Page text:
The introduction of a bulky hydrophobic tryptophane in the active site often enhances the transglycosylation capacity (Fujita & Takegawa, 2002; Tang et al., 2006). By contrast, the removal of a bulky, hydrophobic W23 seems a necessary (but not sufficient) step to develop a transfructosylase from a hydrolase in family GH32 VIs, suggesting that the creation of extra space is a necessity to bind sucrose as an acceptor substrate. The finding that only a few amino acids are essential to discriminate between transfructosylases and hydrolases was also reported by Kelly et al. (2007), by changing a cyclodexin glucano-transferase into an α-amylase. Moreover, it was shown that R360 is a critical amino acid to establish a fructan polymerase activity in Bacillus subtilis levansucrase (Chambert & Petit-Glatron, 1991).
The fact that only a few amino acid substitutions are needed to develop a transfructosylase from a hydrolase (Ritsema et al., 2006; this work) and to develop a FEH from a cell wall invertase (Le Roy et al., 2007) might explain the polyphyletic origin of the fructan accumulation (and degradation) trait.
Here we prove for the first time that it is possible to develop a high-affinity 1-SST starting from a VI, but showing superior kinetic parameters compared with the natural 1-SST and 6-SFT enzymes (Table 2). It would be interesting to introduce similar mutations in rice VIs since rice and wheat are very closely related species, but wheat is a fructan accumulator and rice is not. Structure-function work will contribute to the introduction of the fructan trait in the edible parts of rice, ensuring incorporation of healthy fructans into the diet of millions of people, but also making rice more resistant to abiotic stresses. Indeed, recent investigations demonstrated that introduction of wheat 1-SST in the nonfructan plants tobacco (Li et al., 2007) and rice (Kawakami et al., 2008) effectively contributes to freezing or chilling tolerance.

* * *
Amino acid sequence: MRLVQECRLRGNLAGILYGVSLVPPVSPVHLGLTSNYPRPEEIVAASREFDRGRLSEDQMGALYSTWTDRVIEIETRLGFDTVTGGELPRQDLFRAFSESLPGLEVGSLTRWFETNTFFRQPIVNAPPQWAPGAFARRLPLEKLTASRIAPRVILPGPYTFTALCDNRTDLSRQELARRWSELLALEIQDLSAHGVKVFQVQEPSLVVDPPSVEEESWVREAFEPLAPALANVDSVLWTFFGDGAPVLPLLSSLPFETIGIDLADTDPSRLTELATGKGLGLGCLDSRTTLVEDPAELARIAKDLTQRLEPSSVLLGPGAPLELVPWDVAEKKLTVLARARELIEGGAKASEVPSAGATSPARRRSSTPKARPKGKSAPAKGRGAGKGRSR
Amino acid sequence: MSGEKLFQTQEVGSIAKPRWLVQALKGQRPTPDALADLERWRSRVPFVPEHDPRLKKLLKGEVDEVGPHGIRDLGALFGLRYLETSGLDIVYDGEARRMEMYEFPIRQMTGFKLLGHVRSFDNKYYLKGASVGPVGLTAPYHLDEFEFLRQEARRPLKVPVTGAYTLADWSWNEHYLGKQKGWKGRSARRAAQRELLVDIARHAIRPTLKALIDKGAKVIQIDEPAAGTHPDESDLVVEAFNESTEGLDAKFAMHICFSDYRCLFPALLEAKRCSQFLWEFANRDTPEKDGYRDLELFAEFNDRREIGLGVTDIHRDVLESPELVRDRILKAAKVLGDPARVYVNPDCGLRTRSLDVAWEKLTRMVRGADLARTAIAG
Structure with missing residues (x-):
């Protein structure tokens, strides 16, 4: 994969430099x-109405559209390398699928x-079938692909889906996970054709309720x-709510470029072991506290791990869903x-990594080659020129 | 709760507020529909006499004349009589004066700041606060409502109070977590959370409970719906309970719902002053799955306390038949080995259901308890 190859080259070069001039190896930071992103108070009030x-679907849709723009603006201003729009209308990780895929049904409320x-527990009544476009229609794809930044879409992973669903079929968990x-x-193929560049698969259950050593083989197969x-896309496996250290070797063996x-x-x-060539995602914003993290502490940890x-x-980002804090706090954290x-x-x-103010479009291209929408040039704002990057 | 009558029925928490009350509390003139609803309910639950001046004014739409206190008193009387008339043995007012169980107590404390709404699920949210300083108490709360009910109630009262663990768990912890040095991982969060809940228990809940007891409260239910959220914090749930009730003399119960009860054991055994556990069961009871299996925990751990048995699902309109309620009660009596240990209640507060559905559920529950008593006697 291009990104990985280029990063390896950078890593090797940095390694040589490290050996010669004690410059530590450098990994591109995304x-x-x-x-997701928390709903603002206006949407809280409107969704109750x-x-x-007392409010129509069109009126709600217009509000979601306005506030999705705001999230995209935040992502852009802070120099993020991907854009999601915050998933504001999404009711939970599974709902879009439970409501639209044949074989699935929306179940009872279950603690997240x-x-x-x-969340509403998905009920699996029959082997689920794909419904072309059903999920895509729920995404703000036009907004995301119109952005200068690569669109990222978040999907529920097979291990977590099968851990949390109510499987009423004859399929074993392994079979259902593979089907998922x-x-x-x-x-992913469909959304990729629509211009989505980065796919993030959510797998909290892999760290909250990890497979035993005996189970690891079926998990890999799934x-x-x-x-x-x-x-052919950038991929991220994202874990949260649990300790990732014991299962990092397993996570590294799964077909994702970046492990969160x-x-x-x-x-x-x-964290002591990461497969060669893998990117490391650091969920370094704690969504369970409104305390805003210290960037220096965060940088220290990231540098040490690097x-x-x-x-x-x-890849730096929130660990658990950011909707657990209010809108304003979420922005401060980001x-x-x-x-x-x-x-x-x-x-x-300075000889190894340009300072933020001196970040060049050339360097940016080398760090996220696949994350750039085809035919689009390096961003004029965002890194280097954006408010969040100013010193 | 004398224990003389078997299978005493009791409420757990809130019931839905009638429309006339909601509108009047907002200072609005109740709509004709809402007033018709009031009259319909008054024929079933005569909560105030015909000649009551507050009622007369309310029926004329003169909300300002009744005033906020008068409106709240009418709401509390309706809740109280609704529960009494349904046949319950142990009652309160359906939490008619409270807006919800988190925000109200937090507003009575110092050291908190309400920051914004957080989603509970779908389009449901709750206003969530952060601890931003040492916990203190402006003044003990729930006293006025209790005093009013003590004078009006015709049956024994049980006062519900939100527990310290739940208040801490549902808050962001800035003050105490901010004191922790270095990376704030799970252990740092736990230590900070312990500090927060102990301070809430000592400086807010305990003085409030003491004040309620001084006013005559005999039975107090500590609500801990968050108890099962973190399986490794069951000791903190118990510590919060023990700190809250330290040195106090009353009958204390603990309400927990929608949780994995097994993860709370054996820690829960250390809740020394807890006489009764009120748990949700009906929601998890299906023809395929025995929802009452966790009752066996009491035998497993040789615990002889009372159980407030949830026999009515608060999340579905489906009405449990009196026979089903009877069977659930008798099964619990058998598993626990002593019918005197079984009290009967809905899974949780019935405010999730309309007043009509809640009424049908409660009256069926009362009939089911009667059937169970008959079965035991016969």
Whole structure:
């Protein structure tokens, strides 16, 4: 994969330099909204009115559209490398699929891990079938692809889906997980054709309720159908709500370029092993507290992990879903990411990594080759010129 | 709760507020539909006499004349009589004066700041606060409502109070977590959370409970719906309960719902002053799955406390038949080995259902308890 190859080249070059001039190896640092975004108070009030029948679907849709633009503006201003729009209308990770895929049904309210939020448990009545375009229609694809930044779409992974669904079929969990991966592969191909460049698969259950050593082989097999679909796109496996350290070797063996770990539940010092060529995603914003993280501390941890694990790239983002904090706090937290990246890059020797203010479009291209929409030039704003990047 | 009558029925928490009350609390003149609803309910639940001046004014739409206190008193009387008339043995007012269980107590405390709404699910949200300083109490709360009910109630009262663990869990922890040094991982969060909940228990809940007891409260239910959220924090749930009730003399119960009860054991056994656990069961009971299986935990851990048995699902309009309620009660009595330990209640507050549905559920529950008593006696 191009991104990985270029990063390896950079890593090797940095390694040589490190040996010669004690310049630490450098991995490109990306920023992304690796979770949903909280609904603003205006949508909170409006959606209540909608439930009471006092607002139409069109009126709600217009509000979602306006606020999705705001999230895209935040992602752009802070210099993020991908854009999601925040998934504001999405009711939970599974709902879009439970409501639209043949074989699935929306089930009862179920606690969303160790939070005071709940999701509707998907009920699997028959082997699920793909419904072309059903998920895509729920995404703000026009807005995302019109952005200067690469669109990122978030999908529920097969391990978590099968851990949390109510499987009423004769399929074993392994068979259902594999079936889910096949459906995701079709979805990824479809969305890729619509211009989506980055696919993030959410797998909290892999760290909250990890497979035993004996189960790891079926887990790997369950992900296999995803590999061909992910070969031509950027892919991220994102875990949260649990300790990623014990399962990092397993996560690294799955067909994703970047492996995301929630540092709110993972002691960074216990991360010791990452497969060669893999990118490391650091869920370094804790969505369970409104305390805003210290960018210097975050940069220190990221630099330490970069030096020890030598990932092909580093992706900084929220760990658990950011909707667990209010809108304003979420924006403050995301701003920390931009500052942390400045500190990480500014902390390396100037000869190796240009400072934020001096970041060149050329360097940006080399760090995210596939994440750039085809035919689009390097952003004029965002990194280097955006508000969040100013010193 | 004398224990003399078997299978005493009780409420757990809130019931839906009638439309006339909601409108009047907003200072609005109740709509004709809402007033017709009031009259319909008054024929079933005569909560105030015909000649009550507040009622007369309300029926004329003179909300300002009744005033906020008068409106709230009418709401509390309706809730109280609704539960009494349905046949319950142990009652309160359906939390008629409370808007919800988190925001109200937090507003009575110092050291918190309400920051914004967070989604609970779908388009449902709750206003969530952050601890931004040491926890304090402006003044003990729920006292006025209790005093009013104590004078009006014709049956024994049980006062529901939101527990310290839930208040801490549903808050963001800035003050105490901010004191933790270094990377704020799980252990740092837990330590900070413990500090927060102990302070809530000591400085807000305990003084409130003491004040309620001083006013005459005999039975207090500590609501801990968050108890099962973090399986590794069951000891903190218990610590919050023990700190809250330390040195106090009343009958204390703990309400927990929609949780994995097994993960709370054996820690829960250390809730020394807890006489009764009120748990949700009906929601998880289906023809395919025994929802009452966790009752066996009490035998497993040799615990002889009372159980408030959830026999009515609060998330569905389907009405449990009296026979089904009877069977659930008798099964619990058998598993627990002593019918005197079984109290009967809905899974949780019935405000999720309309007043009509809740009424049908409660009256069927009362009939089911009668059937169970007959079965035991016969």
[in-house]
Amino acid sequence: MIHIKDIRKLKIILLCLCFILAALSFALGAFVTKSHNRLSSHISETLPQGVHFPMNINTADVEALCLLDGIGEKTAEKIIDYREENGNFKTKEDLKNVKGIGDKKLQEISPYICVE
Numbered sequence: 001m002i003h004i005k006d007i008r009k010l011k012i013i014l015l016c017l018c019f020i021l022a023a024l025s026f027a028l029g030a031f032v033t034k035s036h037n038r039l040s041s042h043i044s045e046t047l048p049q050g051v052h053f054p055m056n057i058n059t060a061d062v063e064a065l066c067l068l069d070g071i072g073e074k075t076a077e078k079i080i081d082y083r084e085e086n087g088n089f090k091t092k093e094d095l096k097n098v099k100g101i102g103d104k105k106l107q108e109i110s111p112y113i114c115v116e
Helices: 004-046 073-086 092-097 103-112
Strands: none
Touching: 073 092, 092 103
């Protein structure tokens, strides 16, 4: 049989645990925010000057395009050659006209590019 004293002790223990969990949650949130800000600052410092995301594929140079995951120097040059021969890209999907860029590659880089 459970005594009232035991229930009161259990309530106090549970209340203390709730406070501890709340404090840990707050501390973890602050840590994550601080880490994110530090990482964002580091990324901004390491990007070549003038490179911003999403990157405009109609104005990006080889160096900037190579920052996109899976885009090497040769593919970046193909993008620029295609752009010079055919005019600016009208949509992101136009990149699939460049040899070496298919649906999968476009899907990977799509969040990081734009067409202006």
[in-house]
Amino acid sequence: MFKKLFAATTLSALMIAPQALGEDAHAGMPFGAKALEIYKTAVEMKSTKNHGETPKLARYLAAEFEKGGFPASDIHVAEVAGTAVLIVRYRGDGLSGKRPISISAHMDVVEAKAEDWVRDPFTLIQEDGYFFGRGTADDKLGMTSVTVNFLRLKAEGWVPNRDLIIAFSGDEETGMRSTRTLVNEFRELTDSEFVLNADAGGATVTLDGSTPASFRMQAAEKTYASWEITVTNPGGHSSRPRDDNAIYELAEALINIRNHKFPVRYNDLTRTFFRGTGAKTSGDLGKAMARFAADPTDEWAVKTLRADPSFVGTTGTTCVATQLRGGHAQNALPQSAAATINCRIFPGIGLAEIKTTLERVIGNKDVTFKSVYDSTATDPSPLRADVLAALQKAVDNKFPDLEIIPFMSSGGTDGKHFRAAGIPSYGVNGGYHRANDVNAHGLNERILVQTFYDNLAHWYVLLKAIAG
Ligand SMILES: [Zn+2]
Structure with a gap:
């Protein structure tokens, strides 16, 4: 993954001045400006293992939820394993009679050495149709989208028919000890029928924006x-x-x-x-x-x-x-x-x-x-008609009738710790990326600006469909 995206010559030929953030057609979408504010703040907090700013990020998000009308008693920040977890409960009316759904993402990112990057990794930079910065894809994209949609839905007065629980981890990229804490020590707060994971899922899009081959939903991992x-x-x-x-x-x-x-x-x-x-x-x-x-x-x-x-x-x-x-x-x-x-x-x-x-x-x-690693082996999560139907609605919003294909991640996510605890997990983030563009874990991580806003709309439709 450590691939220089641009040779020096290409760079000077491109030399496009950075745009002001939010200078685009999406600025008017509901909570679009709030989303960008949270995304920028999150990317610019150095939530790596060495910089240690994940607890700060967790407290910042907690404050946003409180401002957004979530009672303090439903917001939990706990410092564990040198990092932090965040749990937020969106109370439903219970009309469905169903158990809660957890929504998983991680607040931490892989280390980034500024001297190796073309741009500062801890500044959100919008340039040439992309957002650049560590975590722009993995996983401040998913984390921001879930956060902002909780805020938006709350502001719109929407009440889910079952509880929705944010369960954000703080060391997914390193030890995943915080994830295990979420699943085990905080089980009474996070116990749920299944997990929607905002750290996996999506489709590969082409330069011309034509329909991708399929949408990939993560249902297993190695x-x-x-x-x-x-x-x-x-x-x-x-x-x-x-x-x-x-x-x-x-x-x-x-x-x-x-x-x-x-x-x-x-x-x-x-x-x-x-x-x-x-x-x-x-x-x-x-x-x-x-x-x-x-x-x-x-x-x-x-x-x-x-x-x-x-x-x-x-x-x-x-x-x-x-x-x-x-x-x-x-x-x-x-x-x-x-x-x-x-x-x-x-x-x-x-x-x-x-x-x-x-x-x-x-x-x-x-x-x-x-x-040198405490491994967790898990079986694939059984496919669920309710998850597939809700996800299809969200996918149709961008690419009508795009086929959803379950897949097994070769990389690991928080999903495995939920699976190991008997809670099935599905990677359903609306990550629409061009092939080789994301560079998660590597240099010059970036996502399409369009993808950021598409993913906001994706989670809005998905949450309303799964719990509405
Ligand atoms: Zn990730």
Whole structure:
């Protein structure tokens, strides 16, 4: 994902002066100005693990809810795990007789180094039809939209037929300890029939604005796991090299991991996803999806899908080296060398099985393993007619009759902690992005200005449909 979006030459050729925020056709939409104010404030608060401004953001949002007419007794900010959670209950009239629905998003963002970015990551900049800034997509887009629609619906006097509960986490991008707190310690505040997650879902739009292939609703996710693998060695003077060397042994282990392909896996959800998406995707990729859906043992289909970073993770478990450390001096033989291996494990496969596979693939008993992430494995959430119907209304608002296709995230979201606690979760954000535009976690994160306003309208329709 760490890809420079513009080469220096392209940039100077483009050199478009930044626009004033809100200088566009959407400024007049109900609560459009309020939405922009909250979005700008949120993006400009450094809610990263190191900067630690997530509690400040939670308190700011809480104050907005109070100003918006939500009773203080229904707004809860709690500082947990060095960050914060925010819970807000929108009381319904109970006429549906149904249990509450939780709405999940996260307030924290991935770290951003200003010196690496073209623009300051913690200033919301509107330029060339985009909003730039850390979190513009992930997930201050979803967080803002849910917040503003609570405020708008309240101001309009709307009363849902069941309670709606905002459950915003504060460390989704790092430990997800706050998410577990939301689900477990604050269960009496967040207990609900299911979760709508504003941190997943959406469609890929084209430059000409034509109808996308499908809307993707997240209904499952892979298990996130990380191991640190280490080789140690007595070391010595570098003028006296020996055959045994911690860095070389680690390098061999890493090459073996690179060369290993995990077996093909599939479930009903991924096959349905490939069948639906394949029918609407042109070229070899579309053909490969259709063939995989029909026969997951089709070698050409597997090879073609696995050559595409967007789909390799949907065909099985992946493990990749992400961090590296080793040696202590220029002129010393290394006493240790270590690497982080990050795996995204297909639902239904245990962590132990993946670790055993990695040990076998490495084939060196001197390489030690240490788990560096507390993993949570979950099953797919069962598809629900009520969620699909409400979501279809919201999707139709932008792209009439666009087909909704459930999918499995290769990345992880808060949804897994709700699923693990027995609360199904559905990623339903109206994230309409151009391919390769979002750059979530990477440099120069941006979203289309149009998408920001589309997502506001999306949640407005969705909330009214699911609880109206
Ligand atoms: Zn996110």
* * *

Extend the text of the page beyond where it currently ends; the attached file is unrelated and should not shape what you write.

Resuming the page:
Owing to its superior kinetics, the W23Y+N25S mutant could also be very useful for efficiently producing the prebiotic 1-kestose. In general, the development of high-affinity FTs could contribute to a rapid and cheaper production of tailor-made fructans or, when different sugar acceptors are used, to the production of new biomaterials for specific industrial, pharmaceutical and functional food applications (Lammens et al., 2008; Zuccaro et al., 2008).
Conclusions and perspectives
We succeeded in causing a drastic shift from water to sucrose as preferred acceptor molecule in wheat VI, by disturbing the typical hydrogen bonding network as occurring in VIs. The double mutant W23Y+N25S is saturable with regard to 1-kestose formation and shows superior kinetics compared with natural 1-SSTs. In addition, we compared, for the first time, the kinetic parameters of wt and mutant VI, 1-SST and 6-SFT enzymes derived from the same species. The double mutant W23Y+N25S contains the YMSDPNG motif, as observed in 6-SFT enzymes (Fig. 1). Interestingly, this mutant cannot produce 6-kestose from sucrose as a single substrate or 1&6-kestotetraose from sucrose as donor substrate and 1-kestose as acceptor substrate. Deciphering which factors determine whether an enzyme is involved in the degradation or synthesis of β(2-1) vs β(2-6) Fru-Fru linkages remains a challenging area for future research.
The authors are supported by funds from FSR, Flanders. The authors thank Dr Rudy Vergauwen, Veerle Cammaer and Ingeborg Millet for their technical assistance and Dr Katrien Le Roy for critically reviewing the manuscript.